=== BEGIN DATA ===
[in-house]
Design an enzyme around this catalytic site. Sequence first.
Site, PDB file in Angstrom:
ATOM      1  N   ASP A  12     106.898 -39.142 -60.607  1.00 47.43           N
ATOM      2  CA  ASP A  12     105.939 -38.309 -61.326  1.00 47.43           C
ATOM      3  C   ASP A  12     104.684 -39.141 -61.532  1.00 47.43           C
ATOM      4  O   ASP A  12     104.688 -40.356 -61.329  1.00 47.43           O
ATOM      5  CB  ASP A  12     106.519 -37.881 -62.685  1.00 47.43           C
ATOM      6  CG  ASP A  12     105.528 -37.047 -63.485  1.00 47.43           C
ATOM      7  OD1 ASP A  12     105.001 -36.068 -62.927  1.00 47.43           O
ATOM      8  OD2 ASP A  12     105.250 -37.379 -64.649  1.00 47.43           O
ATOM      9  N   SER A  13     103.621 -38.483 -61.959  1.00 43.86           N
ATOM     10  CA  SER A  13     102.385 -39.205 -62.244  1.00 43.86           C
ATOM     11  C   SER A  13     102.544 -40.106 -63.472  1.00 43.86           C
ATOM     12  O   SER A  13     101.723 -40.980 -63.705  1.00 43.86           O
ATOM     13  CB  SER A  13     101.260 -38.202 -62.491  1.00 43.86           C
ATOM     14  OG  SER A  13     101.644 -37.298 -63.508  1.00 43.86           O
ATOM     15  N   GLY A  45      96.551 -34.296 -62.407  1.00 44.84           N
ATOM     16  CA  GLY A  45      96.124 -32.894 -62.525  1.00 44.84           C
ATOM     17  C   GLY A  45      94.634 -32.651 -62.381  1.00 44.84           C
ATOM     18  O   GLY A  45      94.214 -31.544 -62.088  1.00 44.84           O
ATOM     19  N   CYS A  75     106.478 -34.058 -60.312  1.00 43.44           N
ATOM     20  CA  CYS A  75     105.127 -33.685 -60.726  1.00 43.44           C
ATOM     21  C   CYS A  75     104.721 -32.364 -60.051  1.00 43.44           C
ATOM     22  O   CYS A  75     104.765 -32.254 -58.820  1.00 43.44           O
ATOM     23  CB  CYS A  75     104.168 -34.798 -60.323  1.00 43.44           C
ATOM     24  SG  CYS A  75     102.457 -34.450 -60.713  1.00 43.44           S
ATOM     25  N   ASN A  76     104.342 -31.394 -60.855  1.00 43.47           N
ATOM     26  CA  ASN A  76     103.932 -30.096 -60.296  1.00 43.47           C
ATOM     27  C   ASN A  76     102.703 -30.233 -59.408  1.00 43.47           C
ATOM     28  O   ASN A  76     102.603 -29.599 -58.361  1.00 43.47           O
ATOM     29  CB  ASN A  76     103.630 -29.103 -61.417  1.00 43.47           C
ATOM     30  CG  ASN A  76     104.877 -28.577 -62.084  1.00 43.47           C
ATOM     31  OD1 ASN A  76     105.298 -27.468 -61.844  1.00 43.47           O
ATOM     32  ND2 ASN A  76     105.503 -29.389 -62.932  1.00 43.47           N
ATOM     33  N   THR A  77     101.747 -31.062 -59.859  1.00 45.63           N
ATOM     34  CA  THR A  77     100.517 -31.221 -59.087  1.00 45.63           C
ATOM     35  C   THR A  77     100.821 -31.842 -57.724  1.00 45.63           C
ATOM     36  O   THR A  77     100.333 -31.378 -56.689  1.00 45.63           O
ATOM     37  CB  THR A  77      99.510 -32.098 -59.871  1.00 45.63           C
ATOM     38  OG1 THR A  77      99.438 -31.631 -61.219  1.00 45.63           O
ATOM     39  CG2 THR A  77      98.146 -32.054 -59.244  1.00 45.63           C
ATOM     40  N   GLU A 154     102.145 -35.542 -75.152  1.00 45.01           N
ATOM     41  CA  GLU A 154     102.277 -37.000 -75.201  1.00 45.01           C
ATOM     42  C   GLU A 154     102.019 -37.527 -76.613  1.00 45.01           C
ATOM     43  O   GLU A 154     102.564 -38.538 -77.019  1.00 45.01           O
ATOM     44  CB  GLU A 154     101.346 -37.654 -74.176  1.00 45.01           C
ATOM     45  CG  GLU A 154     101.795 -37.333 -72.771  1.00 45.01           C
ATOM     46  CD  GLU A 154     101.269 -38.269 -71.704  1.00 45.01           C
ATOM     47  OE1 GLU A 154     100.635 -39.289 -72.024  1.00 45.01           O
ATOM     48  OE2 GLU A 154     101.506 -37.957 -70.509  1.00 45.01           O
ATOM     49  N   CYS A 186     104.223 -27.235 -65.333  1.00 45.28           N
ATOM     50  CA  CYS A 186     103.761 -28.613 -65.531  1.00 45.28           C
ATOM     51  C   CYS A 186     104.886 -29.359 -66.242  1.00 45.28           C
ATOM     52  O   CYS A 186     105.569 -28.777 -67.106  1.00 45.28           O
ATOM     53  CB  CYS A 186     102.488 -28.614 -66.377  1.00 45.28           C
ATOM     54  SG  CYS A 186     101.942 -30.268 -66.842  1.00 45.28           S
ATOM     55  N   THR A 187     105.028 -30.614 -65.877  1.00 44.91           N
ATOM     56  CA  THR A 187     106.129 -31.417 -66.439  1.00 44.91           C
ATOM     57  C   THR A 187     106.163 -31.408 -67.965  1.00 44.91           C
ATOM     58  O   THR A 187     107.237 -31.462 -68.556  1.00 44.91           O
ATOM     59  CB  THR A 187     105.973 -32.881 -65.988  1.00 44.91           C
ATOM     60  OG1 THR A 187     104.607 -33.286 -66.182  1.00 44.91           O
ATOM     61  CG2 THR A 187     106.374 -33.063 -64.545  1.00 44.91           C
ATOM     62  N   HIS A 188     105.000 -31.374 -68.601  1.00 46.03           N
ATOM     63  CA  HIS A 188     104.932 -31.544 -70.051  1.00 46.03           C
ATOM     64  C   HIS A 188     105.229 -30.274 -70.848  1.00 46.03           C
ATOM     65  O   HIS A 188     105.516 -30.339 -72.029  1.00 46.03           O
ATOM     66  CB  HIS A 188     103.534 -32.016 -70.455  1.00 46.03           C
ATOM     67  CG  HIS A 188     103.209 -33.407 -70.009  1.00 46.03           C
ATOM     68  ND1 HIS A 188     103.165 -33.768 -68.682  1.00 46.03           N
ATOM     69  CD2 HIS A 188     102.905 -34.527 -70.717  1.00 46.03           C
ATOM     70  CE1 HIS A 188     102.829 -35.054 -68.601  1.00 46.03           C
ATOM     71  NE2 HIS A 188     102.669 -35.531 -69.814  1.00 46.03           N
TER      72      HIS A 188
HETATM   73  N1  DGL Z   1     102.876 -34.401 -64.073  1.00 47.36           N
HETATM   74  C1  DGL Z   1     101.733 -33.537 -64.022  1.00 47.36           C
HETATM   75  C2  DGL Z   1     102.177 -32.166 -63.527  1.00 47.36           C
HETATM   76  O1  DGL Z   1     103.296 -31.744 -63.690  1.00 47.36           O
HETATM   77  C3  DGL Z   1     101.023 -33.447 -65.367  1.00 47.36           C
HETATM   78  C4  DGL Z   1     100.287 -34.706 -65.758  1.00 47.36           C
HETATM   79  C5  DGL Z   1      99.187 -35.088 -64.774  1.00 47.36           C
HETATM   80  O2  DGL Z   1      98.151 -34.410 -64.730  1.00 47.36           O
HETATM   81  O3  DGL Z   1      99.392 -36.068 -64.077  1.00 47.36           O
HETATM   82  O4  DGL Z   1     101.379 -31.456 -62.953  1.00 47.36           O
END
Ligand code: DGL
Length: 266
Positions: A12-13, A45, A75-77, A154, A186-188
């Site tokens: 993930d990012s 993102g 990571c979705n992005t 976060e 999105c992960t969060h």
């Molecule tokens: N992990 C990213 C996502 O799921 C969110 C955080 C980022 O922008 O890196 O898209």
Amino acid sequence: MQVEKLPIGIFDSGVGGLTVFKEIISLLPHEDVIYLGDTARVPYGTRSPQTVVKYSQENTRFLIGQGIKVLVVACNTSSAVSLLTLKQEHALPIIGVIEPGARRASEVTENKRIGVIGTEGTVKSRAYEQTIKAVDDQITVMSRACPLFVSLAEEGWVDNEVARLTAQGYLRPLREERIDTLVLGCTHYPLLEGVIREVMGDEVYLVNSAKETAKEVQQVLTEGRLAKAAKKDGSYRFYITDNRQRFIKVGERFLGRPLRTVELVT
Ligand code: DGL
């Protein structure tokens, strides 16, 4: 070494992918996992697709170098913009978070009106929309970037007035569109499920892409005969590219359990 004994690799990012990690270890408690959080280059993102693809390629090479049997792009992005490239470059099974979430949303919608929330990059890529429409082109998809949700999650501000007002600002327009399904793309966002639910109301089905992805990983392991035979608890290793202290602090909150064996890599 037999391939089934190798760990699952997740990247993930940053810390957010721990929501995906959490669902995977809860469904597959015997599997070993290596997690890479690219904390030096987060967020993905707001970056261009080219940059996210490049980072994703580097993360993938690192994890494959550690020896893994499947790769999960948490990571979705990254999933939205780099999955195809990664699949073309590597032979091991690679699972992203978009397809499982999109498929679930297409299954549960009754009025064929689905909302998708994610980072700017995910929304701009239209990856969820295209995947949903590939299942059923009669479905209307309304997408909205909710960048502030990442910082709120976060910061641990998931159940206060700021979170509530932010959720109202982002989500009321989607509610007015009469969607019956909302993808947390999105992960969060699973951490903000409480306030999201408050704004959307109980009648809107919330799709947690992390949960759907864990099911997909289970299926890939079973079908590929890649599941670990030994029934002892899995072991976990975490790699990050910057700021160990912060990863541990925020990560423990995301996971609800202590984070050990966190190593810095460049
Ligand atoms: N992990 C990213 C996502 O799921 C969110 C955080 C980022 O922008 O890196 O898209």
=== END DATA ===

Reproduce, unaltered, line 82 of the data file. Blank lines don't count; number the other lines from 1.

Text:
HETATM   79  C5  DGL Z   1      99.187 -35.088 -64.774  1.00 47.36           C